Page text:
Boomkat Product Review:
Chrome-plated sound design and bristling textures frame the latest speculative sci-fi experiment from Xao, meshing sonic concepts inspired by Rabit, Visionist and Lotic into the cybernetic scapes of Hyph11E or Algorave proponent Renick Bell.
Xao has been working alongside the C.A.N.V.A.S. label since the beginning, and his second album builds on the promise of 2019's Astral Black-released "Eternal Care Unit", by burying some of his most recognisable inspirations into an algorithmic shimmer of vaporous sound design and cyborg percussion. The roots of ‘Wirehead’ can be traced to the mid 2010s obsession with shaping global club echoes and videogame FX into music that accurately scored our descent into digital dystopia, but Xao makes a clear link between those ideas and the brain-fried cyberpunk vistas of William Gibson. His guiding theme is the idea of the contemporary digital attention economy with its algorithmically-powered tidal wave of content, and the mental states that follows - employing procedural and algorithmic compositional methods to shatter this status quo, reaching in the direction of a proposed "digital spirituality" in the process.
On opening track 'Bone Theory', he burns fragments of death metal into warped airlock club stumbles, welding evocative, clanging sound design to tempered forms of weightless grime and gravel-throated trap. 'Aqua Tofana' is more fucked, sounding like a frosted-glass take on Autechre's latter day post-electro rhythms, or an algorithm-warped AI rendition of Lanark Artefax's 'Touch Absence', while 'Hyperfixate For Me' stutters barely-audible vocals beneath cracked Vladislav delayed percussion and the corrupted data throb of guitar noise and loopy synthesis.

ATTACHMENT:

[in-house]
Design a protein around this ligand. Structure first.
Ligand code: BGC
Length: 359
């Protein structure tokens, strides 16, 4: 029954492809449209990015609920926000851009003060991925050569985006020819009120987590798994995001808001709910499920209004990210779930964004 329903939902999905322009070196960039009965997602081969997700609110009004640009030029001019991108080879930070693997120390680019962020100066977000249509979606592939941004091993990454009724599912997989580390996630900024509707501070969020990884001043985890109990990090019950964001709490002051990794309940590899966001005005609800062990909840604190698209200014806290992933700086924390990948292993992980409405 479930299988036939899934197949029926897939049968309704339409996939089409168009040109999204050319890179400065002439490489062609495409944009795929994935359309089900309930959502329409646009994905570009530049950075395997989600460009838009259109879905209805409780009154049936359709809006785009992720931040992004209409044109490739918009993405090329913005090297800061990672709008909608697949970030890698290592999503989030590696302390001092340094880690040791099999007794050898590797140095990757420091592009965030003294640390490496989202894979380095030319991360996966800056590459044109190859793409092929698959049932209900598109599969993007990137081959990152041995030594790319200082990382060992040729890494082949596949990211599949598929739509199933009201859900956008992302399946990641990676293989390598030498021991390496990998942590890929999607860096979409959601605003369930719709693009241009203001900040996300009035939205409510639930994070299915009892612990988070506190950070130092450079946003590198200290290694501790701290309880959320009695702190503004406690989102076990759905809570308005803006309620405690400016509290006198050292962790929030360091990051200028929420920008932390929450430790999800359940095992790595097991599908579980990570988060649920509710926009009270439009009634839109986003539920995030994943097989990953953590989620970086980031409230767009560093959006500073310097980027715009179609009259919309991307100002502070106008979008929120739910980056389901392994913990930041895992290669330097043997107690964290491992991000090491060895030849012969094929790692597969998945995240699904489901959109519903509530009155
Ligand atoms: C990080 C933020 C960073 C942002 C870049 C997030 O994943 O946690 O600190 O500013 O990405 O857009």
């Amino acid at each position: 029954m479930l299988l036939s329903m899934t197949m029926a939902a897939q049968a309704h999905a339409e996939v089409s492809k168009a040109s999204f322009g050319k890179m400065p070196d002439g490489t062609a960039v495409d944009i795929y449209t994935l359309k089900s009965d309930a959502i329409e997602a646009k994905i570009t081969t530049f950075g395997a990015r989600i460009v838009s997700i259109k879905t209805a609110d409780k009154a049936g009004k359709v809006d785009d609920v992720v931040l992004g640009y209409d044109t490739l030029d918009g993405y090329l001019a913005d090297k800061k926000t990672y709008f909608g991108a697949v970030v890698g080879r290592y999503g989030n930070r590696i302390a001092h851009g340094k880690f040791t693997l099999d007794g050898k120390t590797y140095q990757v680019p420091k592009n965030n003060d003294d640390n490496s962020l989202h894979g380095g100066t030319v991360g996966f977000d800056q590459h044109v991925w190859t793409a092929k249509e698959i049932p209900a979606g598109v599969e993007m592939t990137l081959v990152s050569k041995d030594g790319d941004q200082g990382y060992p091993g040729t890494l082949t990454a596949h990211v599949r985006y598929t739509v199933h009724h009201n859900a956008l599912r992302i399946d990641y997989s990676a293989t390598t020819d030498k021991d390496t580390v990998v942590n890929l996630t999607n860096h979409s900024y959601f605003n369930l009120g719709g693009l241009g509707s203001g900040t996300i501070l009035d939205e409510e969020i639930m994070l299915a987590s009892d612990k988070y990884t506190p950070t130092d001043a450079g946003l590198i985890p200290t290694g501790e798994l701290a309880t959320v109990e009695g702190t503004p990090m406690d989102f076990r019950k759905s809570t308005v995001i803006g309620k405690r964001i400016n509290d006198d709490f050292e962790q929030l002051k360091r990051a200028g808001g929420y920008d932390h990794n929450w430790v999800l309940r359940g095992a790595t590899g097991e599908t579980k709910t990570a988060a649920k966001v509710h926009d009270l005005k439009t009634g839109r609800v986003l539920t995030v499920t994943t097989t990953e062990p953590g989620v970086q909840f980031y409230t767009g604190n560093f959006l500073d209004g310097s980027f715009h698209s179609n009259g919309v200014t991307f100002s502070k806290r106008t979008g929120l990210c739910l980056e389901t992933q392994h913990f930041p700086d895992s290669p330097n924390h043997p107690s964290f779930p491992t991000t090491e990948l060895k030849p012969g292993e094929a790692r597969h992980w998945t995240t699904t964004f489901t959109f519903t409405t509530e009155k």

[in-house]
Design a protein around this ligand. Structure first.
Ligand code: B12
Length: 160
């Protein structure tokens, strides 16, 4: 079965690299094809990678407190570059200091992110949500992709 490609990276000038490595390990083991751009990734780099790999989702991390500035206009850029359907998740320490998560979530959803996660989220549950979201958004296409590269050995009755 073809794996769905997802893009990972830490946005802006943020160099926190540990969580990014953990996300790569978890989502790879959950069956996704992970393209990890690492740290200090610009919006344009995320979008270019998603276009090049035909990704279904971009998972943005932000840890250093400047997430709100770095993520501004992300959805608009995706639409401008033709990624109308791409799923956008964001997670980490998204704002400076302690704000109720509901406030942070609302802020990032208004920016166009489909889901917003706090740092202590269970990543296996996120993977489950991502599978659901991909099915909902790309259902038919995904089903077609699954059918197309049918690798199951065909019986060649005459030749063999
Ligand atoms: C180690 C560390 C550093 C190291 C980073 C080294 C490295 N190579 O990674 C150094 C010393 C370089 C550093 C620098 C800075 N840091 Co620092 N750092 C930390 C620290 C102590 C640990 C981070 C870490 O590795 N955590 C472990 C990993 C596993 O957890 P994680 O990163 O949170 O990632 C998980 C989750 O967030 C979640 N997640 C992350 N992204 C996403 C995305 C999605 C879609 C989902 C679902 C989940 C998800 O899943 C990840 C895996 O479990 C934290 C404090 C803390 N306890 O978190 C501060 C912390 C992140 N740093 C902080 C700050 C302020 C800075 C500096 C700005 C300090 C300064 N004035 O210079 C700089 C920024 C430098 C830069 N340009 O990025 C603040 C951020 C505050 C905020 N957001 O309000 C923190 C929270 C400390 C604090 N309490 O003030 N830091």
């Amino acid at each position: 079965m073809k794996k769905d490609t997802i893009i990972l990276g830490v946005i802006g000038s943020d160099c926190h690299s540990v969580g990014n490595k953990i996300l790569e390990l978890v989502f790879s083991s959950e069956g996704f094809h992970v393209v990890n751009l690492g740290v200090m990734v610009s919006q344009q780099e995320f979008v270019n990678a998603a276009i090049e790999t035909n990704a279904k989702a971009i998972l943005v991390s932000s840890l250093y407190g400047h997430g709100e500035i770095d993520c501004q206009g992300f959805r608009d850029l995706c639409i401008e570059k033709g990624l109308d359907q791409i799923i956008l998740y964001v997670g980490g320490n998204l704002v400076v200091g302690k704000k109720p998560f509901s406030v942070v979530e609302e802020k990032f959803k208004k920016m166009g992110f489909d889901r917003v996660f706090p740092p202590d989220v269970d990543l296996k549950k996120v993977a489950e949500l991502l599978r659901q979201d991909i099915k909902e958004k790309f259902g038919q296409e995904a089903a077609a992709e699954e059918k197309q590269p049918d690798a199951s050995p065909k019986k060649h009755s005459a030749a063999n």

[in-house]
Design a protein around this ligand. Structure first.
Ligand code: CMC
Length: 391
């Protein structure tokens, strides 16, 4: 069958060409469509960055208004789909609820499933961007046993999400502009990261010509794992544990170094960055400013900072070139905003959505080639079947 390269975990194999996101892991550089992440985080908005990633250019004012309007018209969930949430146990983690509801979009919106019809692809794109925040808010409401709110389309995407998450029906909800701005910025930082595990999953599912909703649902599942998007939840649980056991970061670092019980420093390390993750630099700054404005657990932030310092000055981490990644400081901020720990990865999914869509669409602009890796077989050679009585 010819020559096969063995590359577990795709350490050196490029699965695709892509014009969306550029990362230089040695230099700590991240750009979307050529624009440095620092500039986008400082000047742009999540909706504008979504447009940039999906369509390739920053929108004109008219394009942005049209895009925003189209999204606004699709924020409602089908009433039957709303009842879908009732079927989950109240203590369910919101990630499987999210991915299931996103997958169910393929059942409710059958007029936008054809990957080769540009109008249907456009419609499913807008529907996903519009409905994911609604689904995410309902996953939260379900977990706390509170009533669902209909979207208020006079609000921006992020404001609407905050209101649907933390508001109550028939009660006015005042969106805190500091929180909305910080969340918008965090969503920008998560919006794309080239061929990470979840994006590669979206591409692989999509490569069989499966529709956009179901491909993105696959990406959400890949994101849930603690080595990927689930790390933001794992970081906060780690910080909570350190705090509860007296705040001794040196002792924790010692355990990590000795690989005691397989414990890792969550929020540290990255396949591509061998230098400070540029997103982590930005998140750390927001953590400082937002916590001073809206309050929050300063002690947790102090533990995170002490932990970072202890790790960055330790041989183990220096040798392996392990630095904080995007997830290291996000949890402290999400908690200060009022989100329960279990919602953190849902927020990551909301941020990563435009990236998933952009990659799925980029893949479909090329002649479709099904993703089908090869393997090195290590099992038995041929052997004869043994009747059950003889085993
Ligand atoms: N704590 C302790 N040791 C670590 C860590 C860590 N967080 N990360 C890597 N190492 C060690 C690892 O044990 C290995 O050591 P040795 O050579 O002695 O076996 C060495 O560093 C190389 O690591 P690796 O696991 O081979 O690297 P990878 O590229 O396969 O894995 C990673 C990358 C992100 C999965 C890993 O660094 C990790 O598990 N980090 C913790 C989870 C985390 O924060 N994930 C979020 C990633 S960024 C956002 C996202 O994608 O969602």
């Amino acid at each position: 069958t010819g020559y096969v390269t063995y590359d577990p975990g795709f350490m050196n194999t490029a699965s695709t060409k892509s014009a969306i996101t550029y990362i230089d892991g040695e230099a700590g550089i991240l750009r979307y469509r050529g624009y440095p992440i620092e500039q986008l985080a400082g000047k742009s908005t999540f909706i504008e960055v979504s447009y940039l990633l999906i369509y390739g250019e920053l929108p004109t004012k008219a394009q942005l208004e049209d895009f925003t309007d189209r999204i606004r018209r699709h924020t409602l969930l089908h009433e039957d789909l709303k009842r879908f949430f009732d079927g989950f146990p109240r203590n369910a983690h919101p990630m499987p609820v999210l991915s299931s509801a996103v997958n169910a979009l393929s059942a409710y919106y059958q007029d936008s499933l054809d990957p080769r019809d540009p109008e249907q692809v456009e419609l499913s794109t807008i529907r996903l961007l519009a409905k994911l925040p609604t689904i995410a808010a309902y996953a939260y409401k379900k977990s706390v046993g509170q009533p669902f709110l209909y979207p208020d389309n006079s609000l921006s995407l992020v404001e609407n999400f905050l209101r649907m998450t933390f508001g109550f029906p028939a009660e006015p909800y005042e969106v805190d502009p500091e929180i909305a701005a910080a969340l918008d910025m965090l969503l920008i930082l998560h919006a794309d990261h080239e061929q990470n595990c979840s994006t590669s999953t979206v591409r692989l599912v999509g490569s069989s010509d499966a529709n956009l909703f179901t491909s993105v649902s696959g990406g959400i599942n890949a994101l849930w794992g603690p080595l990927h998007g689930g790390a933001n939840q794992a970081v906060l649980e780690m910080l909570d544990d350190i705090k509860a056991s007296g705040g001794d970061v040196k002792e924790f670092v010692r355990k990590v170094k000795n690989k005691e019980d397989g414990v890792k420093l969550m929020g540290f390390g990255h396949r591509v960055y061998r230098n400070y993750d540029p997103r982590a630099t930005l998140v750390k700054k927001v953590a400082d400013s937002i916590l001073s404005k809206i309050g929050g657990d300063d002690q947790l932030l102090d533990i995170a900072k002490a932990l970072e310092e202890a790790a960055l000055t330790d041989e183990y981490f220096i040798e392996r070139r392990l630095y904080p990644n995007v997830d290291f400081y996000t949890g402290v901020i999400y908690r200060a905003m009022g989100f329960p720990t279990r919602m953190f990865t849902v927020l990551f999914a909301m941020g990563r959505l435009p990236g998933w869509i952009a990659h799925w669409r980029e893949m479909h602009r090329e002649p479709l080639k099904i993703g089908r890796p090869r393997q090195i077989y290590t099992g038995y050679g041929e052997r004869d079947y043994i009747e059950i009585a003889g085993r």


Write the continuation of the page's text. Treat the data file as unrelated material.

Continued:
The rest of the album plays like a Johnny Mnemonic-style braindump: the last few years of underground electronic music melted into a frayed patchwork of textures, rhythms and sonic signifiers. It comes to a head on 'I Wed My Shadow', when opera singer Marie Requa Gailey's voice just about cuts through the static like a candle in the dark, making the escape route from the techno dystopia just about visible. Moments later we're exposed to the corrosive 'Ophanim Plushie' - all jazz clatter and anodised rolls, accompanied by drones and squashed breaks that barely make it off the surface. By the time we reach the album's final track 'Threnody for the Child of Omelas', it’s all repair and recovery, twisting beatless echoes from strangled neural networks into blankets of aesthetic warmth.
Wirehead is a smart album that fits well into the deconstructed club/post-club lineage, deploying hyperkinetic sound design and a whelming flux of feelings echoing contemporary classics in its progressive field by TCF or Lee Gamble or indeed the same algo-powered artificiality as James Ferraro, or even the hyperpop set, fused with nu-metal and dembow somewhere between Arca and Oxhy.